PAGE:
Lucas Till

Ketchup Entertainment

Cayden Richards (Lucas Till) is a popular high school quarterback with wealthy parents, a hot girlfriend and not a single worry in the world. Well, he has been having violent and horrific nightmares every night, and he almost kills an opposing player on the field in a fit of rage, but aside from that he really doesn’t have a single worry. But that all changes when he realizes he’s a werewolf. He attacks his hot girlfriend, murders his own parents and goes on the run across country, but his escape very quickly brings him in contact with a man with the same hairy affliction and a suggestion of where Cayden should go for answers. That destination is the remote mountain town of Lupine Ridge, obviously, but Cayden is surprised to discover it offers answers to questions he didn’t even know he had. Writer/director David Hayter‘s Wolves is a YA film in, well, wolf’s clothing. Just about every aspect, from story arc to character types, feel shaped like any number of YA films in recent years, but the film’s ‘R’ rating appears to remove it from the grasp of teen viewers. But the promise of that rating and the recent red-band trailer — basically gory werewolf carnage and shaggy coupling — never actually comes to fruition resulting instead in a slight, mildly goofy and toothless werewolf movie suitable for just about anyone interested in hormonal journeys.


Drinking Games

Superhero movies aren’t just massive blockbuster juggernauts like The Avengers and The Dark Knight. They can also be made on a more modest, independent budget. All Superheroes Must Die (also known as Vs.) features four superheroes trapped in a dangerous Saw-like game. While you can knock a few back with bigger movies every night, it’s always a good thing to give a smaller production a chance. All Superheroes Must Die gives a grim and gritty look at revenge in the superhero business, and it might help to have a drink or two to soften the blow.


Robert Downey Jr

What is Casting Couch? It’s a column that’s trying to talk about casting news on a day when Oscar nominations are king. Pity it. Paul Thomas Anderson is the sort of filmmaker who casts amazing actors in his movies and then directs them to the best performances of their careers. From Philip Baker Hall in Hard Eight, to Tom Cruise in Magnolia, to Daniel Day-Lewis in There Will Be Blood, to Joaquin Phoenix in The Master, this has always been true. According to Showbiz 411, Robert Downey Jr. may be adding his name to that list soon. They say that he and possibly Charlize Theron are looking like they’re going to be the stars of Anderson’s upcoming adaptation of reclusive author Thomas Pynchon’s novel, Inherent Vice. If this ends up being true it would, of course, be completely awesome for film fans, and probably be the biggest thing that’s happened to Downey’s career since he got cast as Iron Man. That’s a win-win for everybody.


Bill Murray at Cannes 2012

What is Casting Couch? It’s the casting roundup that’s got news about what weird, clown-related thing Peter Stormare is going to do next. Read on for the juicy details. If your name is Dan Aykroyd or Ivan Reitman, then Bill Murray has been spending the last ten years or so trying to convince you that he doesn’t read scripts. That’s got to sting, because Deadline has a new report that proves this to be balderdash. Murray read Ted Melfi’s script for St. Vincent De Van Nuys and identified with the writer’s work so much that he called him up and invited him out for a drive. One negotiating process later and Murray is reportedly ready to sign on to star in the film, which is about a cantankerous old coot who bonds with a twelve-year-old boy over rounds of drinking, gambling, and generally despicable behavior. Sounds like it’s going to be a hoot.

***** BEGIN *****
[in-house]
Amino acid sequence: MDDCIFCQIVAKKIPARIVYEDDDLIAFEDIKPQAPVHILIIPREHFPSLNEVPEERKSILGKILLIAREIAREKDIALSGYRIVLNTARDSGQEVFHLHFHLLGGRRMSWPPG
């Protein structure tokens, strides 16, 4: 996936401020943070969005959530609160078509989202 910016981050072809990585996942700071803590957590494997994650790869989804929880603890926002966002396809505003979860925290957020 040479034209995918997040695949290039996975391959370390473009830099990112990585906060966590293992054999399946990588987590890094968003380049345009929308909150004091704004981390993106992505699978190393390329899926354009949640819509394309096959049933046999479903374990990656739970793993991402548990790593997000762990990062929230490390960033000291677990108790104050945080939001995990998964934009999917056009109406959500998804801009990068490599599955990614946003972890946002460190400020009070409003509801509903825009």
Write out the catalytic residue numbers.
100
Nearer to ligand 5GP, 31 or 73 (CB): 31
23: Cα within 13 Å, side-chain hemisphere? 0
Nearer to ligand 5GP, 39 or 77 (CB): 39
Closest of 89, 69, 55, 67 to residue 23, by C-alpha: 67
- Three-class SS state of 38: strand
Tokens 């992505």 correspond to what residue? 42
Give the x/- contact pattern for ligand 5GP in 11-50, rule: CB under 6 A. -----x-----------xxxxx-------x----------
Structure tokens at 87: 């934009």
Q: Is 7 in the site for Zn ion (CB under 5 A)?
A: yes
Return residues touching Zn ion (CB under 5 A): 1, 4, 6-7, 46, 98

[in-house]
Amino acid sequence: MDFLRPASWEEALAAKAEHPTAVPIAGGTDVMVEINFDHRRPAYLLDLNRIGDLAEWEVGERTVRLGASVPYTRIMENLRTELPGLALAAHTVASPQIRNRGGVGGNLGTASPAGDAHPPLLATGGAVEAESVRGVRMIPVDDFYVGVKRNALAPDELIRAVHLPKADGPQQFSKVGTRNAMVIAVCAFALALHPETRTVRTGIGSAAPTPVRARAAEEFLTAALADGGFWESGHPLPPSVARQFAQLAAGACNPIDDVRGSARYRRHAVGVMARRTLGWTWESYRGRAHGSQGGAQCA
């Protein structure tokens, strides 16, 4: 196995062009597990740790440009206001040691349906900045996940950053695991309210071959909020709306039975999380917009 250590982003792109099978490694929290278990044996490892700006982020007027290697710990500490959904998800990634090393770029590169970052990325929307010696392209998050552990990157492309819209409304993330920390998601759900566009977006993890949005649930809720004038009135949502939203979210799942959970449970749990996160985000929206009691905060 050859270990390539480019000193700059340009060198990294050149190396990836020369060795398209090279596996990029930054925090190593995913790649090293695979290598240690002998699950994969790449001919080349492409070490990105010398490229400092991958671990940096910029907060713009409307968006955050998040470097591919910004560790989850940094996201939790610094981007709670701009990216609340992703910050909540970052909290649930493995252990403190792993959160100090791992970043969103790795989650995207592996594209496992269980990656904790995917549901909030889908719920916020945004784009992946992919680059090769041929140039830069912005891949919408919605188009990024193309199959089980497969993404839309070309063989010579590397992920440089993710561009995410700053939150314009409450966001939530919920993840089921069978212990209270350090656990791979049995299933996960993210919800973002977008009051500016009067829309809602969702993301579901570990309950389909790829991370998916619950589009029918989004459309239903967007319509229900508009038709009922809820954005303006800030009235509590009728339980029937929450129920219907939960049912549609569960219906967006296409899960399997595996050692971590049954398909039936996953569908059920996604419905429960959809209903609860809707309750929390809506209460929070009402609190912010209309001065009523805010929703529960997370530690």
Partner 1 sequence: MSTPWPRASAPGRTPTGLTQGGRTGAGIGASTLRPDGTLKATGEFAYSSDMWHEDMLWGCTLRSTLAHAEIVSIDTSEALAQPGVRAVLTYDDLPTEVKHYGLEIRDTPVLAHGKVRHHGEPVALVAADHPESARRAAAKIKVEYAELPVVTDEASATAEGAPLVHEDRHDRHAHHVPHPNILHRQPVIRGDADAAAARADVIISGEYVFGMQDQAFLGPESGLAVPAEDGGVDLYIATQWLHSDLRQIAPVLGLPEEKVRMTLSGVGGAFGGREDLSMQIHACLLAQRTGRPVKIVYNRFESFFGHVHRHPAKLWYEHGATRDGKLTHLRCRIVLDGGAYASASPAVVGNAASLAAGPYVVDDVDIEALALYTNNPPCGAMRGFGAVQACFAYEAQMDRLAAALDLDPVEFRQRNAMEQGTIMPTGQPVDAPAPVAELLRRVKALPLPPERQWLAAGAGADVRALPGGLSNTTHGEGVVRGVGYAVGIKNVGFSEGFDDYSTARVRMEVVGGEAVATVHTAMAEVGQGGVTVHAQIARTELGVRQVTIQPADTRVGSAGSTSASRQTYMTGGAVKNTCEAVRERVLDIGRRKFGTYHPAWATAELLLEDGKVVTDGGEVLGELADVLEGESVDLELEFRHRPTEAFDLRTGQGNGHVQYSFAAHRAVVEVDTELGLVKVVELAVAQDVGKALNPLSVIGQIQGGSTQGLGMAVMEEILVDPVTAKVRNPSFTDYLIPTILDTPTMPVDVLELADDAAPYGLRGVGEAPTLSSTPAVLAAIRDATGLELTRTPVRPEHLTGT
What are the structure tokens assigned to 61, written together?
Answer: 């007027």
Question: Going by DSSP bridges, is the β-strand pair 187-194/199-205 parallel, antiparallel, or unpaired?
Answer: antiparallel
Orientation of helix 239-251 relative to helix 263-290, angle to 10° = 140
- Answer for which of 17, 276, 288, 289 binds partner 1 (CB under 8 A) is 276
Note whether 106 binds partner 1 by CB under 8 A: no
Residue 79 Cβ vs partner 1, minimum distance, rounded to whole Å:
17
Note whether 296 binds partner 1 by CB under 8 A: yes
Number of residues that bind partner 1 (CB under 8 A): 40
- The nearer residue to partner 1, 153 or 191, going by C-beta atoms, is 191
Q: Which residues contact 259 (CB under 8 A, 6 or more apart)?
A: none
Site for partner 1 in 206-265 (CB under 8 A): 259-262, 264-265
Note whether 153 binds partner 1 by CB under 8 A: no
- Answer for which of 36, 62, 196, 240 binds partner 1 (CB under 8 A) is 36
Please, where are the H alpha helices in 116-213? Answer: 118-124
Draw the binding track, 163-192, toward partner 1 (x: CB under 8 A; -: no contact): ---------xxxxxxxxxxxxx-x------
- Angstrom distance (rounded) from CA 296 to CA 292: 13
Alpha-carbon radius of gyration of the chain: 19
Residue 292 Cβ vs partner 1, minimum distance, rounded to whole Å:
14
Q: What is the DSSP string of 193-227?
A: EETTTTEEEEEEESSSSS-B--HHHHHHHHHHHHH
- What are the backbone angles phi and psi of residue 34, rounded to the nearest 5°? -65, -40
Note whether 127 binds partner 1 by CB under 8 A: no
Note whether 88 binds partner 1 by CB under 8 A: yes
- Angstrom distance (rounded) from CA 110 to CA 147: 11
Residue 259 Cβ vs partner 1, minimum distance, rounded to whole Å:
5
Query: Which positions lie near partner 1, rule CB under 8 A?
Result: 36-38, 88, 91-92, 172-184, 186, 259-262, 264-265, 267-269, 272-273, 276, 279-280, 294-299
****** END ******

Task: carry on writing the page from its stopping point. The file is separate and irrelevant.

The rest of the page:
Park Chan-wook

According to Box Office Mojo, Chan-wook Park‘s first English-language film, Stoker, will hit theaters on March 1, 2013. The film stars Mia Wasikowska, Nicole Kidman, Matthew Goode, Jacki Weaver, Lucas Till and Dermot Mulroney in a story about a young girl who’s recently lost her father and has to deal with a strange uncle who arrives and embeds himself into her life. It’s exciting to see a definite release (this was on our list of Most Anticipated for 2012 as TBA), and it would be exciting to see any new Park work, but it’s especially interesting to see if he can avoid the pitfalls with making a movie within the studio system. He’s a bold visionary, and it’s unclear whether the potential of limitations might hamper his capabilities or whether he’ll use them to craft something incredible. We’ll see in March, the same weekend that Neill Blomkamp’s Elysium is schedule to screen. Not a bad double feature.


Combing through movie news and trivium all day is enough to make someone jaded. Thus, it’s important to remember when a piece of fluff marketing like this comes out, to keep a level head about what it really means. Does it say anything about the movie itself? Not really. Does it say something about the photoshop skills of whoever made it. Certainly. With that in mind, here’s the first official cast picture from X-Men: First Class, showing off a little midriff on January Jones, a little stone cold stare from everyone else, and a whole lot of cheese.

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published: 12.19.2014
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